The studio's first solo exhibition, David Adjaye: Making Public Buildings, was shown at the Whitechapel Gallery in London in January 2006, with Thames and Hudson publishing the catalogue of the same name. This followed their 2005 publication of Adjaye's first book, David Adjaye Houses.

Firm operations

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In February 2009, the cancellation or postponement of four projects in Europe and Asia forced the firm to enter into a Company Voluntary Arrangement (CVA), a deal to stave off insolvency proceedings which prevents financial collapse by rescheduling debts – estimated at about £1m – to creditors.

National Museum of African American History

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On 15 April 2009, he was selected as a team of architects, which includes the Freelon Group, Davis Brody Bond and SmithGroup, to design the $500 million new National Museum of African American History and Culture, a Smithsonian Institution museum, on the National Mall in Washington, D.C. His design features a crown motif from Yoruba sculpture.

Other commissions

Alongside his international commissions, Adjaye's work spans exhibitions, private homes and artist collaborations. He built homes for the designer Alexander McQueen, artist Jake Chapman, photographer Juergen Teller, actor Ewan McGregor, and artists Tim Noble and Sue Webster. For artist Chris Ofili, he designed a new studio and a beach house in Port of Spain. He worked with Ofili to create an environment for The Upper Room, which was later acquired by Tate Britain and caused a nationwide media debate. Adjaye collaborated with artist Olafur Eliasson to create a light installation, Your black horizon, at the 2005 Venice Biennale. He has also worked on the art project Sankalpa with director Shekhar Kapur.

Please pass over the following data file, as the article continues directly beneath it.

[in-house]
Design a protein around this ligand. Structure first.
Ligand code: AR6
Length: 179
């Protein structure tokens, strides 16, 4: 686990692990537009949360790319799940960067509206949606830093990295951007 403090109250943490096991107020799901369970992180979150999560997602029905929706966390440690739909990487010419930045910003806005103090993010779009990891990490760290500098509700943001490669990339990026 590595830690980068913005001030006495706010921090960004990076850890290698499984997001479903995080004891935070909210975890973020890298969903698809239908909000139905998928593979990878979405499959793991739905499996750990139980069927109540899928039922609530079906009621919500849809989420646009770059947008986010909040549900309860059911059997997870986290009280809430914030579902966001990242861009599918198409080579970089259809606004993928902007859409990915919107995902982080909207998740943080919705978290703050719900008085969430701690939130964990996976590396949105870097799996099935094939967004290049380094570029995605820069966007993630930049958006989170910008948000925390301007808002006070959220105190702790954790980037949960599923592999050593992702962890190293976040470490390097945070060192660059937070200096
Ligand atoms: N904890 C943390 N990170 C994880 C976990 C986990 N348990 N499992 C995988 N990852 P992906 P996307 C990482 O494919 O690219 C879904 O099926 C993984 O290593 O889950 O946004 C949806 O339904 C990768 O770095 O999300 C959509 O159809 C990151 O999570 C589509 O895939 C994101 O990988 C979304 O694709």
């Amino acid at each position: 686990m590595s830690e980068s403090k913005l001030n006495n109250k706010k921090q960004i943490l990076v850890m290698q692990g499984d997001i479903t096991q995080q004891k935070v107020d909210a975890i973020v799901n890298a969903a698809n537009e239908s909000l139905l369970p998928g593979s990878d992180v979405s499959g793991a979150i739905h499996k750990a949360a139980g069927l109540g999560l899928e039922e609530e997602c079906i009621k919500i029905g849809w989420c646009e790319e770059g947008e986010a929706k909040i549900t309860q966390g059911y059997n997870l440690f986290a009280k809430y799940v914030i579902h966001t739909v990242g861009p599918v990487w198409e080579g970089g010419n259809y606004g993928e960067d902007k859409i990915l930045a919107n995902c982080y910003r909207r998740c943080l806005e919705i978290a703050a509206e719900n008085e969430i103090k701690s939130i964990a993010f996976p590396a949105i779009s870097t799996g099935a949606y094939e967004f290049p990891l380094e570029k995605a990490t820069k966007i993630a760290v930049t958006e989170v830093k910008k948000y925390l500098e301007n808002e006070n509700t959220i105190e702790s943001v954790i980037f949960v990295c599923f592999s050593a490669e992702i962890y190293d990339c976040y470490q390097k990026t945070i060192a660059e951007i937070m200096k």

Adjaye coauthored two seasons of BBC's Dreamspaces television series and hosts a BBC radio programme. In June 2005, he presented the documentary Building Africa: Architecture of a Continent. In 2008, he participated in Manifesta 7 and the Gwangju Biennale.

In 2015 he was commissioned to design a new home for the Studio Museum in Harlem.

Recent work